From The Los Angeles Times:
Rep. Paul D. Ryan (R-Wis.) and other conservatives have long favored replacing the current healthcare system. (Riccardo S. Savi, WireImage / October 18, 2011)
Seeing a chance to regain power next year, GOP activists are making sure they’re ready to act on a full rollback of President Obama’s overhaul.
By Noam N. Levey
8:45 PM PDT, October 17, 2011
Washington, D.C. – Republican activists, increasingly optimistic they can win the White House and Senate next year, are beginning to lay the groundwork for a multi-pronged campaign in 2013 to roll back President Obama’s sweeping healthcare overhaul.
The push includes an effort to pressure Republican candidates to commit to using every available tool to fully repeal the law, a tactic pioneered by conservative activist Grover Norquist, who made an anti-tax pledge de rigeur for GOP politicians.
Other conservative healthcare experts are developing an alternative to the law, an effort that could protect Republicans from past critiques that their healthcare plans left tens of millions of Americans without medical coverage.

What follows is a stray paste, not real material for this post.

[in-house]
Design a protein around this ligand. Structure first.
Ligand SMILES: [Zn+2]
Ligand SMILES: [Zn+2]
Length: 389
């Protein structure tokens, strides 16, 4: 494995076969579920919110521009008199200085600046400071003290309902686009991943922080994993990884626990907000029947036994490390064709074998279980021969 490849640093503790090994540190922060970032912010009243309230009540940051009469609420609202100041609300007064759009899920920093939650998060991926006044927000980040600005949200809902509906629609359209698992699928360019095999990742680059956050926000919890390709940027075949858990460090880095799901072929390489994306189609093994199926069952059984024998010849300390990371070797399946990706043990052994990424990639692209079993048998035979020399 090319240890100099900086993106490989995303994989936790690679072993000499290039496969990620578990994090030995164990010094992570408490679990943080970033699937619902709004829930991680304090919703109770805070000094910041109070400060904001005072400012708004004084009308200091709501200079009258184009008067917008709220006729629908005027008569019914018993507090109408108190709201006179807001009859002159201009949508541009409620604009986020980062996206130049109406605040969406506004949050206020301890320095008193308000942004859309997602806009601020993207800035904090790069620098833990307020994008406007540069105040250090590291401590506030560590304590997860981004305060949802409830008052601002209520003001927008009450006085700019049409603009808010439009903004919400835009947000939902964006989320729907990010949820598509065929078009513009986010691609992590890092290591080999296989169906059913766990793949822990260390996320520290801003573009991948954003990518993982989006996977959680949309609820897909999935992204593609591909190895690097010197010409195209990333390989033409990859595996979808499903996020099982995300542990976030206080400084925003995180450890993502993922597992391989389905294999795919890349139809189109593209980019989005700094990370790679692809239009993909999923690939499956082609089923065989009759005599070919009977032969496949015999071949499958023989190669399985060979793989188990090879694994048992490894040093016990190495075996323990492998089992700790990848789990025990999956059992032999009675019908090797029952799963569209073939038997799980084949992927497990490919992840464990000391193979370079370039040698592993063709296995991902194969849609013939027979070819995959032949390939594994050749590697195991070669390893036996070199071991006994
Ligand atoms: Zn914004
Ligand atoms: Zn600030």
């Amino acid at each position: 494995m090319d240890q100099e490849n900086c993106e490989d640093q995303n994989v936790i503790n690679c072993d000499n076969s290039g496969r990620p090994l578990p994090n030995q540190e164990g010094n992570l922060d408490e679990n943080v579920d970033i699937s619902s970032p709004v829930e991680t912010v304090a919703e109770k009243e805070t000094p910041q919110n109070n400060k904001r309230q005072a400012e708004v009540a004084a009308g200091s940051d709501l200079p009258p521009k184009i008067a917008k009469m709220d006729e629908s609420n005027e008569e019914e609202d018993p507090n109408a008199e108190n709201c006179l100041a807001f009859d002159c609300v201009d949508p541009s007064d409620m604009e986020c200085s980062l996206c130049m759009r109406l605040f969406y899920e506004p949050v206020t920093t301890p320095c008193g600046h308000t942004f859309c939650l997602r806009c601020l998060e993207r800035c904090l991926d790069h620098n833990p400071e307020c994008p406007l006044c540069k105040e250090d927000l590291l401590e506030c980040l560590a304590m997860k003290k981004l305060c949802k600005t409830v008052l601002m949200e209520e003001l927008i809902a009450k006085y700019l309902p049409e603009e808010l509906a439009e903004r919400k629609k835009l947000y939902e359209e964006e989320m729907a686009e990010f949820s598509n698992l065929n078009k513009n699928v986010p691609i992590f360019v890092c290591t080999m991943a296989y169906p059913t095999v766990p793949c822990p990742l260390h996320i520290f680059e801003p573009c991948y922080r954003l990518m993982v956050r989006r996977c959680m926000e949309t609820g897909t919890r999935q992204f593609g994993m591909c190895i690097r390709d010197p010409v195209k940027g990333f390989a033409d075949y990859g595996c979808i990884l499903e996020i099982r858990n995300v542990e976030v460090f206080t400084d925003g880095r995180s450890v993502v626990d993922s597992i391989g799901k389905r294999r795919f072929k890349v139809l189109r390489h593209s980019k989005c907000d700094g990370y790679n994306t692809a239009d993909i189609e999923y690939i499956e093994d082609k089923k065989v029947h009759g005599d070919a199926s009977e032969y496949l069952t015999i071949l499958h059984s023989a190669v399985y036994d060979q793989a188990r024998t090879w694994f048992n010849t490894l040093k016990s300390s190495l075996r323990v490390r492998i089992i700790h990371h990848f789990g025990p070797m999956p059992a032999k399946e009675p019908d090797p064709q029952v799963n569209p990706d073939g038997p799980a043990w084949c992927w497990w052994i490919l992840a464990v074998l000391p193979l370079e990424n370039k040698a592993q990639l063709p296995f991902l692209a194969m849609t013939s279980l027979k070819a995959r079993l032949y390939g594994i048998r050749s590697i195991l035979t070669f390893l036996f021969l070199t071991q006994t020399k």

“The window for action comes and goes,” said Tom Miller, a senior fellow at the American Enterprise Institute, one of several conservative groups involved in the effort. “We need to be ready.”
None of the leading Republican presidential candidates has offered a healthcare plan. And conservative experts think the GOP needs a strategy to quickly dismantle the current law and replace it before all Americans are guaranteed insurance coverage under the law.
Some activists are so concerned that Republicans will miss their chance that they are trying to lock GOP candidates into using a controversial parliamentary tactic known as budget reconciliation to circumvent Senate Democratic opposition to repeal. (more…)
Filed under: Affordable Care Act | Tagged: American Enterprise Institute, GOP, Grover Norquist, Healthcare Leadership Council, healthcare reform, Heritage Foundation, James Capretta, Michael Needham, Obama, Paul D. Ryan, repeal, Republicans, Sen. Orrin G. Hatch, Tom Miller | Leave a Comment »